The Waves Burn Bright

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In 1988 the Piper Alpha oil platform off the coast of Aberdeen, Scotland exploded, killing 167 men. The Waves Burn Bright is a deeply effecting, sensitive exploration of its devastating aftermath on one family.

 Carrie Fraser is 16 when the disaster occurs, her father Marcus one of the survivors. As the narrative moves between past and present the trauma blows open existing fractures, tearing the family apart. In adulthood and after many years living abroad, Carrie, now a respected volcanologist, is returning to Aberdeen to deliver a controversial academic paper. Carrie and her father are estranged, partly due to his post-traumatic stress and related alcoholism, a legacy of Piper Alpha. Will a reconciliation be possible or will the aftershocks of a tragedy that occurred 25 years before continue to drive father and daughter apart?

‘A cauldron of a book, bubbling with anger and magma which might at any moment spill over and bring further devastation. It is both particular to this tragedy in 1988, but also universal; a compelling story exploring how a father’s trauma sends shock waves through a family, changes the pattern of lives – particularly his daughter’s – and makes love risky. However, as well as being about damage and running away, it is also about healing.’
Linda Cracknell, author of Call of the Undertow and Doubling Back

‘This novel deserves a wide readership. It will resonate with anyone who remembers the night of Piper Alpha; with anyone suffering PTSD, for any reason; with those trying to love them and live with them; with those trying to treat them; and with those more generally interested in understanding this area of human experience. It is also simply a compelling and highly engaging story, told with insight and compassion.’ Alison Miller, author of Demo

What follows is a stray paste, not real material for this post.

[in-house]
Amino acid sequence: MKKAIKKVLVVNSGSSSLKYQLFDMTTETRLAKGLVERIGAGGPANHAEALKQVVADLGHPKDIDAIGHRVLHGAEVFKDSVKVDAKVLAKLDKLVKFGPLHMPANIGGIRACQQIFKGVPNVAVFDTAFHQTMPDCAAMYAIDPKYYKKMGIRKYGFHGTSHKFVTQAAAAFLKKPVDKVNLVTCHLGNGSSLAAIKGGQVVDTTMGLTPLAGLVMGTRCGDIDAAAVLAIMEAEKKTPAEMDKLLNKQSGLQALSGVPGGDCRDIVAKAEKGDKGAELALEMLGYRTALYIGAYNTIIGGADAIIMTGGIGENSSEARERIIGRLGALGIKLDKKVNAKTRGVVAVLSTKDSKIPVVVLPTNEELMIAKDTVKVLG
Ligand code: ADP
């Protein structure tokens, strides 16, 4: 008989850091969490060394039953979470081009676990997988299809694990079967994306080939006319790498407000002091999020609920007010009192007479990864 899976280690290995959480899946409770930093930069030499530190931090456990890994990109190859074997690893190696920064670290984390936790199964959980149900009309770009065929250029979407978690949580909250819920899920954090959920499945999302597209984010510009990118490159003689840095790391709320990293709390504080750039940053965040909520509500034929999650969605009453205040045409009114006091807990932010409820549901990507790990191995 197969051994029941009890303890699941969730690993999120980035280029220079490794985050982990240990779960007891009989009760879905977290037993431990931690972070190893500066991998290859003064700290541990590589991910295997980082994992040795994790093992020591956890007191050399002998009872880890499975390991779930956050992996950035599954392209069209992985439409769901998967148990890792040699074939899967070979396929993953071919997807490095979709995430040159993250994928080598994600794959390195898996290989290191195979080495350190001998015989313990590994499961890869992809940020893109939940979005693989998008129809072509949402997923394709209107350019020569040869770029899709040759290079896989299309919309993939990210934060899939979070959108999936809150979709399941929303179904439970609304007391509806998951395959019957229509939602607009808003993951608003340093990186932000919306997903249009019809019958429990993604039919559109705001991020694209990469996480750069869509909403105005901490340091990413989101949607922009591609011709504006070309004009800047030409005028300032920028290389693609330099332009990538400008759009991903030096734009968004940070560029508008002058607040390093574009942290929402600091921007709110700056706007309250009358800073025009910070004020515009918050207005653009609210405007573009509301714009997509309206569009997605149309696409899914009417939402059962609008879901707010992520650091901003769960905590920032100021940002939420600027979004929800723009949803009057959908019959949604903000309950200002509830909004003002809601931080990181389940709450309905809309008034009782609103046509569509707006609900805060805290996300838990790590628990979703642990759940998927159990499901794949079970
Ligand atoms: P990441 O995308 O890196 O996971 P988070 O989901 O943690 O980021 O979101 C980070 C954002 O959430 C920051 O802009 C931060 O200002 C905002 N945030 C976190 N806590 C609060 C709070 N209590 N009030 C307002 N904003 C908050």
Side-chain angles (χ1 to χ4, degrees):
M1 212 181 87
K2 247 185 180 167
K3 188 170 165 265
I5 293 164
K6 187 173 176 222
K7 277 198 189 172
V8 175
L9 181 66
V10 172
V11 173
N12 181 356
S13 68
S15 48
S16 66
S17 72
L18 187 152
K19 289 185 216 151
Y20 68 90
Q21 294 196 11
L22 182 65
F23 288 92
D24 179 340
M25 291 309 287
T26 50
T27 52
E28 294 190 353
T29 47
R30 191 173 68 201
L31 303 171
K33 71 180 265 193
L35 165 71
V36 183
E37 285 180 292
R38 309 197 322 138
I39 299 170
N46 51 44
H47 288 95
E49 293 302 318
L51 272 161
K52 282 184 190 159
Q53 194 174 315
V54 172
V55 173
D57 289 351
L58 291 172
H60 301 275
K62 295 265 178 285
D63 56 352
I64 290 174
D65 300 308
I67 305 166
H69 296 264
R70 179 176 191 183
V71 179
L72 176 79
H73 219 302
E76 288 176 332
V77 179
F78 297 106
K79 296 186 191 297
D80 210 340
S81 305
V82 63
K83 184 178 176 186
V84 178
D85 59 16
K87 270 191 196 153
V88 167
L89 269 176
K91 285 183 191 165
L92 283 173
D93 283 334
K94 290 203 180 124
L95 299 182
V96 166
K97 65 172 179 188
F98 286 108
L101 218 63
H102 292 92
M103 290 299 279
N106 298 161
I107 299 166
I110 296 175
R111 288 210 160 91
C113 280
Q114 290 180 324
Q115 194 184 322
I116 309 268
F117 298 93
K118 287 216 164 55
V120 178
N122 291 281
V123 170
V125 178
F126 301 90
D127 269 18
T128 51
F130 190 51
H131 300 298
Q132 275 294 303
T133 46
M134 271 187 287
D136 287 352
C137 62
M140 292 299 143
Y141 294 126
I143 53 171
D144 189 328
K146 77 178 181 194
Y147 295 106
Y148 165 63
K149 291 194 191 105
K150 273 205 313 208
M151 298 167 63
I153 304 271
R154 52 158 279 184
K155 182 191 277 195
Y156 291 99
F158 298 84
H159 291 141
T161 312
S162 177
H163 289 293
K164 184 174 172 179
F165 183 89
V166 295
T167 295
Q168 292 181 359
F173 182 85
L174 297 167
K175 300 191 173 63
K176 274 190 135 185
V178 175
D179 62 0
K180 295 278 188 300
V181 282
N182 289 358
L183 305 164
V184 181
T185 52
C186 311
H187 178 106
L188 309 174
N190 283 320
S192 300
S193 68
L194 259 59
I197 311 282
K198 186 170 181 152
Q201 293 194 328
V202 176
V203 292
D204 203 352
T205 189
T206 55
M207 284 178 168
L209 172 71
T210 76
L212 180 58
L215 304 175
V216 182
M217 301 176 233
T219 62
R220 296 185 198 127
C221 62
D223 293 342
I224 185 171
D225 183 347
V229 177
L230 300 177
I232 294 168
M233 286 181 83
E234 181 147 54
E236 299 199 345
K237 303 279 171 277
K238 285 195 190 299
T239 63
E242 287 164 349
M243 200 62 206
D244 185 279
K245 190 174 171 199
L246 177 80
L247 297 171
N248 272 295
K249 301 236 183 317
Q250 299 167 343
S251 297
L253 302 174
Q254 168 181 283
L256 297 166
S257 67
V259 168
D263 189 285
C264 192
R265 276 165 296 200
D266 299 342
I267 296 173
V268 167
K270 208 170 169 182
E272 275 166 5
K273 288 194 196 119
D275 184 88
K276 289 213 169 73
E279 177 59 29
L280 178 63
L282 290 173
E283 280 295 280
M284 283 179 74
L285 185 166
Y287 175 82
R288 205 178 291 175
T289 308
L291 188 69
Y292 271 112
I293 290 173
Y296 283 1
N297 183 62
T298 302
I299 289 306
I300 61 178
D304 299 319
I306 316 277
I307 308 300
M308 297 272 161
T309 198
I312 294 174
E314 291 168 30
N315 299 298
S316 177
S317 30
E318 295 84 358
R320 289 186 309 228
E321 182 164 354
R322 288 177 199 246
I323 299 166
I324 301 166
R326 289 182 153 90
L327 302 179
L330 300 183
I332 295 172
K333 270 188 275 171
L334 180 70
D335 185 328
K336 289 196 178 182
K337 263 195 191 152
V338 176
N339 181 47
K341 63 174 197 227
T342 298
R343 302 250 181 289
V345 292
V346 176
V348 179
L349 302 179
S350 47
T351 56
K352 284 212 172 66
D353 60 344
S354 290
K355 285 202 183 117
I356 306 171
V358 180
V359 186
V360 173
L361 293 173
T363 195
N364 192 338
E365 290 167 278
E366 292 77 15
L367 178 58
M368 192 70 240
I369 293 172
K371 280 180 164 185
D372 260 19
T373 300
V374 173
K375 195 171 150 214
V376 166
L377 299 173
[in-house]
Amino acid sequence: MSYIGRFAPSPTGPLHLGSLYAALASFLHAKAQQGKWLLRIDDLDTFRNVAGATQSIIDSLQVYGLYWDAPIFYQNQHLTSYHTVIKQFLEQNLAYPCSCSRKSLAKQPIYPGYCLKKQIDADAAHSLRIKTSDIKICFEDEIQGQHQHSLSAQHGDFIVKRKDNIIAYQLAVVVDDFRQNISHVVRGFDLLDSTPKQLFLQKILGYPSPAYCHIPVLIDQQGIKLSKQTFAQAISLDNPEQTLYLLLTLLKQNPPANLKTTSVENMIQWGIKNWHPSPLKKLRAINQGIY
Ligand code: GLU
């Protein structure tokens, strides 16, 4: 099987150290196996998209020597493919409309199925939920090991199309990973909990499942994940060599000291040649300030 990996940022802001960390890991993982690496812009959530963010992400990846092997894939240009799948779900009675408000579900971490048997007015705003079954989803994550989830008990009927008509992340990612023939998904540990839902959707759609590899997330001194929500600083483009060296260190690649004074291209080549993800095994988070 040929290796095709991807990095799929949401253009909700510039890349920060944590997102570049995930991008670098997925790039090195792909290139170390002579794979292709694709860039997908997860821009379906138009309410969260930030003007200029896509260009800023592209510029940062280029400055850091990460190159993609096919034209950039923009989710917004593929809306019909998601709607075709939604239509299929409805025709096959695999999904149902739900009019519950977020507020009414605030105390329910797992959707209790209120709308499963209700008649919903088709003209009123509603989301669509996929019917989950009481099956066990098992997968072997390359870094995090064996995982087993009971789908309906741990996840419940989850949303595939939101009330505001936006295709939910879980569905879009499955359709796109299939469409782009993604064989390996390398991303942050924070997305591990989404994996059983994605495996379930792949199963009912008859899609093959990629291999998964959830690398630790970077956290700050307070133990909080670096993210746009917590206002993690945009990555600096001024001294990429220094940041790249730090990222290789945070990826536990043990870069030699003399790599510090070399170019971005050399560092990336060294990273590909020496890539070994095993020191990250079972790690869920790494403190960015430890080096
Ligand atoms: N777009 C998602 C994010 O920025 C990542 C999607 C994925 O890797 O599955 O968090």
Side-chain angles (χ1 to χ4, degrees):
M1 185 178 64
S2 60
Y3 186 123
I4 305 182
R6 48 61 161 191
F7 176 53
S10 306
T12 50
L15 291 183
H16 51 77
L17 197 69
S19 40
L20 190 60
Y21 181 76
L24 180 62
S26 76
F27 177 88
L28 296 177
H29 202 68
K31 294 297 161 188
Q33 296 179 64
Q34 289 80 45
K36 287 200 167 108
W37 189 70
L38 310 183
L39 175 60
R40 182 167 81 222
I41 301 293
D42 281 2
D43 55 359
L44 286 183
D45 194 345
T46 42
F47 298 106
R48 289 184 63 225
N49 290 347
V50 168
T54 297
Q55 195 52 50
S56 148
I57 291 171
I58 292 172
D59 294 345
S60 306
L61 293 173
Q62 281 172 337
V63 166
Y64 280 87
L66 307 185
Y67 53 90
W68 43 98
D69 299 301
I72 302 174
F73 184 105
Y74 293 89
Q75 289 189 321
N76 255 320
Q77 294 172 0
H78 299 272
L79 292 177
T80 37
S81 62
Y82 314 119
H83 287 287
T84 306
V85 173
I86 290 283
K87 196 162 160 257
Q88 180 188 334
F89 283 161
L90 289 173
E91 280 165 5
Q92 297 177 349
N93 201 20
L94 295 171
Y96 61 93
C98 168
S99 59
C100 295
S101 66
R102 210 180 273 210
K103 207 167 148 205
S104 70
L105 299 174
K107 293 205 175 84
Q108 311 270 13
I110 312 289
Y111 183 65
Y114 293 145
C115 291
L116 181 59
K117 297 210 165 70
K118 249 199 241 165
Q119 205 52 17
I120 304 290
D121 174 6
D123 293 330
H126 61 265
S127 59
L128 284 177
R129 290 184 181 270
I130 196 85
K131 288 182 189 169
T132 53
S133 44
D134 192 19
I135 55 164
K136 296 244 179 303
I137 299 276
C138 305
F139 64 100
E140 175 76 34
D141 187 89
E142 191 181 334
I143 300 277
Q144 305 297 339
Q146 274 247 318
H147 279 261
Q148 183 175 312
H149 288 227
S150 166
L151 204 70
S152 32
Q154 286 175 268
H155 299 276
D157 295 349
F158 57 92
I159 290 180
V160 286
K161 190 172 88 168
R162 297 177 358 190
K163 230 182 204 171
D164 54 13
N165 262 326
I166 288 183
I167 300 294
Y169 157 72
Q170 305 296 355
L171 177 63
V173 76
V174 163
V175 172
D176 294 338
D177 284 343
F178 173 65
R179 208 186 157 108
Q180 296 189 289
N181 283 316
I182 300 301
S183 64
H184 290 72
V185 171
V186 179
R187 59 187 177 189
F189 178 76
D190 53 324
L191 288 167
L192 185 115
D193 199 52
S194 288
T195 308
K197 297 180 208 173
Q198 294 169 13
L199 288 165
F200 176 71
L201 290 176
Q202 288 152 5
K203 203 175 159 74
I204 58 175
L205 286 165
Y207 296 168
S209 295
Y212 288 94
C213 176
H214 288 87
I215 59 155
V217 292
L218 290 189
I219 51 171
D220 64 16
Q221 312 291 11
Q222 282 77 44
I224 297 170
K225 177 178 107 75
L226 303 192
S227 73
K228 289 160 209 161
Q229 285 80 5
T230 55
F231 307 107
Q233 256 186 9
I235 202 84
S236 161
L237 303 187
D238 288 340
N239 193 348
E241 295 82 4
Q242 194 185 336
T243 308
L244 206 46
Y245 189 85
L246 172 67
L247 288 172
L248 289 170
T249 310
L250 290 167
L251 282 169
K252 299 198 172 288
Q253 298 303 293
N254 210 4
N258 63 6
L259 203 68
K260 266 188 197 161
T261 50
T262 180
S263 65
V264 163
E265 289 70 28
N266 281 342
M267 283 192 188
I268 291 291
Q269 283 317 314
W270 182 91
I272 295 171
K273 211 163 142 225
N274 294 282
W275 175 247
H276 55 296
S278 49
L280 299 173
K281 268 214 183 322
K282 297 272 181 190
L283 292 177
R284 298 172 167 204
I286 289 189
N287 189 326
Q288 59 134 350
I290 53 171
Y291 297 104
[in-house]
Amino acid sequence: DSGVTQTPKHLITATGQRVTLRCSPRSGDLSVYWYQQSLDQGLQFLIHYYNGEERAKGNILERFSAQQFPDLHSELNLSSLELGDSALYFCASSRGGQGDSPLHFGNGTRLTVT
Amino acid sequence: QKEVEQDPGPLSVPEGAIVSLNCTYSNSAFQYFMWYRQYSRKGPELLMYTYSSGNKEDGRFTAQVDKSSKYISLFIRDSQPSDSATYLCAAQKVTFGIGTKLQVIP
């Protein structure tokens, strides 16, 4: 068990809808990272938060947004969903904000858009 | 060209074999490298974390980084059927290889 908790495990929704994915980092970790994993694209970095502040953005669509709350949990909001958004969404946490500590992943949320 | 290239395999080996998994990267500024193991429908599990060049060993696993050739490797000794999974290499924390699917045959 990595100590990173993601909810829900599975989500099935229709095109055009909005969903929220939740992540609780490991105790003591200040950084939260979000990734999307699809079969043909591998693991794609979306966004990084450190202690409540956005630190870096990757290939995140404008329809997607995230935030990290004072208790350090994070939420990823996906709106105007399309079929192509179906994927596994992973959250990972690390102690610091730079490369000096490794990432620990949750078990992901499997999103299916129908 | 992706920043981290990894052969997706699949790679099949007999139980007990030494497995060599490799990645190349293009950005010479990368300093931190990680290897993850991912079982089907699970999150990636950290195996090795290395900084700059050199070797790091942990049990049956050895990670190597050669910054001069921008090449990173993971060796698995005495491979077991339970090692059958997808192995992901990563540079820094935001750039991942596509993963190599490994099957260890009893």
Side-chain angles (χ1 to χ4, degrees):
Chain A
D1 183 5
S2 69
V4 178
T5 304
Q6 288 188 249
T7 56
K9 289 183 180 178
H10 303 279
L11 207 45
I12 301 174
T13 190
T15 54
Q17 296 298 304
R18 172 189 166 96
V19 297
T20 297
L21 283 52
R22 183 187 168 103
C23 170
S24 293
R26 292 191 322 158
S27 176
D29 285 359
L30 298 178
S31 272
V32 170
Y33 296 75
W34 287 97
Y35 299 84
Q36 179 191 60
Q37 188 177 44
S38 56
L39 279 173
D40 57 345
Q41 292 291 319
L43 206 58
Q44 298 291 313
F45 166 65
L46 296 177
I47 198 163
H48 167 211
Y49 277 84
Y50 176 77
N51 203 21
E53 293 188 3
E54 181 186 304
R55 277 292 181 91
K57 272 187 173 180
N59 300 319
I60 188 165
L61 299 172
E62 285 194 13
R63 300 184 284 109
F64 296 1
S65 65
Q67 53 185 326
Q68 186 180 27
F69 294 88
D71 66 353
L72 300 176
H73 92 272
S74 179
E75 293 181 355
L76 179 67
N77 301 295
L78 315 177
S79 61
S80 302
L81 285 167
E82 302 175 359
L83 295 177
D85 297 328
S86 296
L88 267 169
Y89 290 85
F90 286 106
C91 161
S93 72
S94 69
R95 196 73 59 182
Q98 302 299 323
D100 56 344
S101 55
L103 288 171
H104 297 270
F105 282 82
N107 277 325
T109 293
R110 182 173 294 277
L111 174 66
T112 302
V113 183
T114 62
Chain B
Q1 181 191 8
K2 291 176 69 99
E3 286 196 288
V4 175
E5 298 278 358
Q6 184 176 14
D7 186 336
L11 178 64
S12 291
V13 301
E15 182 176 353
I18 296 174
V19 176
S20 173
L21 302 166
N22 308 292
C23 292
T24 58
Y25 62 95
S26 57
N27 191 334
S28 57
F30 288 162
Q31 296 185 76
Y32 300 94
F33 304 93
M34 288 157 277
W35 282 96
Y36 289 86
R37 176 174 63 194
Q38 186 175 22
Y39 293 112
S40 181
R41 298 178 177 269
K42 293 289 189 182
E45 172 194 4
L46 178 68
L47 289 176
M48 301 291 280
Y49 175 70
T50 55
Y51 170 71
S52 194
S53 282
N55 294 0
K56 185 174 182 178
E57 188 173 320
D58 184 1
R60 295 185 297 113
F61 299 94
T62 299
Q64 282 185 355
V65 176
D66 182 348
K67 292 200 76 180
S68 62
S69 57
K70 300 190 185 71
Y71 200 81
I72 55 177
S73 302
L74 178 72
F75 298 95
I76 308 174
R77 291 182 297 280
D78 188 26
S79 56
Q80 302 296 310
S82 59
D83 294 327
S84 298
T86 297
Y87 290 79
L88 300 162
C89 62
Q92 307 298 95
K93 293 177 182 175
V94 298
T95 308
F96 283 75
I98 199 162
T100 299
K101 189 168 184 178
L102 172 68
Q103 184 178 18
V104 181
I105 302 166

‘The characters are well drawn and believable; the tortured survivor, struggling with dreams and the need to blot out memories with the bottle; the child damaged as much by the implosion of her parents’ marriage as the diaster; and the guilt ridden mother who has positioned herself outside the close unit of father and daughter but who still wants to revel in Carrie’s achievements. The night of the disaster is sensitively and evocatively handled. […] Digging through a hard exterior to explore the layers beneath can be a dangerous and explosive exercise, whether that’s the earth’s crust or a human’s weaker shell. In this novel both are explored in equally compelling ways.’ Scotsman

‘He’s crafted a powerful portrayal of how the consequences of such a disruptive event can reverberate through people’s lives for decades afterwards … his characters are consistent, making believable, relatable choices.’ The Herald

‘Iain Maloney has done it again. He has written a book that simply must be read. … Maloney leads us through the tale with great sensitivity and understanding. In this, he is masterly. It is an astonishing tour-de-force. It is an object lesson in how an author of fiction should approach the telling of a real-life tragedy of this kind, where 167 men lost their lives in a horrifying inferno. It is really difficult to find the words that are adequate to the task of praising this book. If you want to understand modern Scotland, this book is necessary. If you want an insight into the nature of trauma, this book is essential. It is not an easy read, but it will make you care deeply. That can only benefit you.’ David Kenvyn, For The Joy of Reading

‘The Waves Burn Bright is Iain Maloney’s best book to date, not only an entertaining and thougtful one, but, I would suggest, an important one… Maloney not only pays respect to the memory of that terrible event, he offers fresh insight into how individuals and their families and friends cope – or more often fail to cope – with trauma, and the humanity behind the headlines.’ Alistair Braidwood, Gutter 15 and Scots Whay Hae

‘The Waves Burn Bright takes you on one of those rare, utterly enjoyable literary experiences where you find yourself disappointed to have to close its pages.’ Nothing in the Rule Book

‘It reminded me a little of Iain Banks and his interwoven families — a Crow Road sort of a book — loss, distance, redemption.’ Simon Sylvester, author of The Visitors.

‘The pouer o Maloney’s tale-tellin is fair winnersome whiles… it wul be lang or it eilies awa frae your mynin.’ J. Derrick McClure in Lallans 89.

Included in ‘Best Books of 2016’ by the Scottish Book Trust and Scots Whay Hae

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